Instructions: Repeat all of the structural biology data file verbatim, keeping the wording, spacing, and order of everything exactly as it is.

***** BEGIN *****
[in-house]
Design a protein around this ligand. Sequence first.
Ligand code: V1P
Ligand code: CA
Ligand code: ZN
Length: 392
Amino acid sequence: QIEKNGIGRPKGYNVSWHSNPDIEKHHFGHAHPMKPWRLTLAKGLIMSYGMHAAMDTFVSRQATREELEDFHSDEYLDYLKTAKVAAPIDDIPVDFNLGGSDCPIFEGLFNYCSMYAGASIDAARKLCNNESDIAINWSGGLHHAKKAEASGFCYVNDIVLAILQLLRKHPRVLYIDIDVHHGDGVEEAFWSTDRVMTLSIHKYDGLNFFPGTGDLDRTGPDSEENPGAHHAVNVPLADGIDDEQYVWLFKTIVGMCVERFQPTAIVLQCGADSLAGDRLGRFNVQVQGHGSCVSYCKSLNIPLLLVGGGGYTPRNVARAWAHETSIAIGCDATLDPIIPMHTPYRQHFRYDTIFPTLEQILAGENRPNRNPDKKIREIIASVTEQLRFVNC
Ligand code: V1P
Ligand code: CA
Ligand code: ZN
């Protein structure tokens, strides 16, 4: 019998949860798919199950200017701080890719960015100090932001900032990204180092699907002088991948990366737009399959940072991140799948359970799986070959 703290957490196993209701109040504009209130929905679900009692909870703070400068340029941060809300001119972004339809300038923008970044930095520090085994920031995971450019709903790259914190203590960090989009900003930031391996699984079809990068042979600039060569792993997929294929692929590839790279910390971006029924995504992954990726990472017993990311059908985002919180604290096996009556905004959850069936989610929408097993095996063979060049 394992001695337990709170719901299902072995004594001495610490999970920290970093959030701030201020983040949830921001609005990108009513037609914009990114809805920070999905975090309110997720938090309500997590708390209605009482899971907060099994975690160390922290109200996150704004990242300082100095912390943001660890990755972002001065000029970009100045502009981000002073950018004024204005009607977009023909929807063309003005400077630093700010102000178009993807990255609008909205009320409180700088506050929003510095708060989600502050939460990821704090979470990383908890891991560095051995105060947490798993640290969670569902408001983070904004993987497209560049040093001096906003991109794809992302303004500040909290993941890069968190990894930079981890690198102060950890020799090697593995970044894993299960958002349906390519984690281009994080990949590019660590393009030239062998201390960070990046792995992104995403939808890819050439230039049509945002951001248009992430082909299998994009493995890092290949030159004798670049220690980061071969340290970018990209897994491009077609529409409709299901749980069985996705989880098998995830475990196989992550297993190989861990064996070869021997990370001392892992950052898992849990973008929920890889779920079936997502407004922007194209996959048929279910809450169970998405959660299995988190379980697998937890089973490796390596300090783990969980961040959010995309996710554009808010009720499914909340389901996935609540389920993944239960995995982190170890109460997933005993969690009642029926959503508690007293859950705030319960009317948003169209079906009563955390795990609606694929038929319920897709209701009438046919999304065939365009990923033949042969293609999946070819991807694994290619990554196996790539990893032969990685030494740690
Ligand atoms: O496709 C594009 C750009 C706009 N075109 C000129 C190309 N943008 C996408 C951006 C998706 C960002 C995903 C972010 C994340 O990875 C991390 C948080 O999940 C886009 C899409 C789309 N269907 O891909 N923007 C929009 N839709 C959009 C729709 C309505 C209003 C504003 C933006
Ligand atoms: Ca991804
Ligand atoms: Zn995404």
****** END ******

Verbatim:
[in-house]
Design a protein around this ligand. Sequence first.
Ligand code: V1P
Ligand code: CA
Ligand code: ZN
Length: 392
Amino acid sequence: QIEKNGIGRPKGYNVSWHSNPDIEKHHFGHAHPMKPWRLTLAKGLIMSYGMHAAMDTFVSRQATREELEDFHSDEYLDYLKTAKVAAPIDDIPVDFNLGGSDCPIFEGLFNYCSMYAGASIDAARKLCNNESDIAINWSGGLHHAKKAEASGFCYVNDIVLAILQLLRKHPRVLYIDIDVHHGDGVEEAFWSTDRVMTLSIHKYDGLNFFPGTGDLDRTGPDSEENPGAHHAVNVPLADGIDDEQYVWLFKTIVGMCVERFQPTAIVLQCGADSLAGDRLGRFNVQVQGHGSCVSYCKSLNIPLLLVGGGGYTPRNVARAWAHETSIAIGCDATLDPIIPMHTPYRQHFRYDTIFPTLEQILAGENRPNRNPDKKIREIIASVTEQLRFVNC
Ligand code: V1P
Ligand code: CA
Ligand code: ZN
């Protein structure tokens, strides 16, 4: 019998949860798919199950200017701080890719960015100090932001900032990204180092699907002088991948990366737009399959940072991140799948359970799986070959 703290957490196993209701109040504009209130929905679900009692909870703070400068340029941060809300001119972004339809300038923008970044930095520090085994920031995971450019709903790259914190203590960090989009900003930031391996699984079809990068042979600039060569792993997929294929692929590839790279910390971006029924995504992954990726990472017993990311059908985002919180604290096996009556905004959850069936989610929408097993095996063979060049 394992001695337990709170719901299902072995004594001495610490999970920290970093959030701030201020983040949830921001609005990108009513037609914009990114809805920070999905975090309110997720938090309500997590708390209605009482899971907060099994975690160390922290109200996150704004990242300082100095912390943001660890990755972002001065000029970009100045502009981000002073950018004024204005009607977009023909929807063309003005400077630093700010102000178009993807990255609008909205009320409180700088506050929003510095708060989600502050939460990821704090979470990383908890891991560095051995105060947490798993640290969670569902408001983070904004993987497209560049040093001096906003991109794809992302303004500040909290993941890069968190990894930079981890690198102060950890020799090697593995970044894993299960958002349906390519984690281009994080990949590019660590393009030239062998201390960070990046792995992104995403939808890819050439230039049509945002951001248009992430082909299998994009493995890092290949030159004798670049220690980061071969340290970018990209897994491009077609529409409709299901749980069985996705989880098998995830475990196989992550297993190989861990064996070869021997990370001392892992950052898992849990973008929920890889779920079936997502407004922007194209996959048929279910809450169970998405959660299995988190379980697998937890089973490796390596300090783990969980961040959010995309996710554009808010009720499914909340389901996935609540389920993944239960995995982190170890109460997933005993969690009642029926959503508690007293859950705030319960009317948003169209079906009563955390795990609606694929038929319920897709209701009438046919999304065939365009990923033949042969293609999946070819991807694994290619990554196996790539990893032969990685030494740690
Ligand atoms: O496709 C594009 C750009 C706009 N075109 C000129 C190309 N943008 C996408 C951006 C998706 C960002 C995903 C972010 C994340 O990875 C991390 C948080 O999940 C886009 C899409 C789309 N269907 O891909 N923007 C929009 N839709 C959009 C729709 C309505 C209003 C504003 C933006
Ligand atoms: Ca991804
Ligand atoms: Zn995404």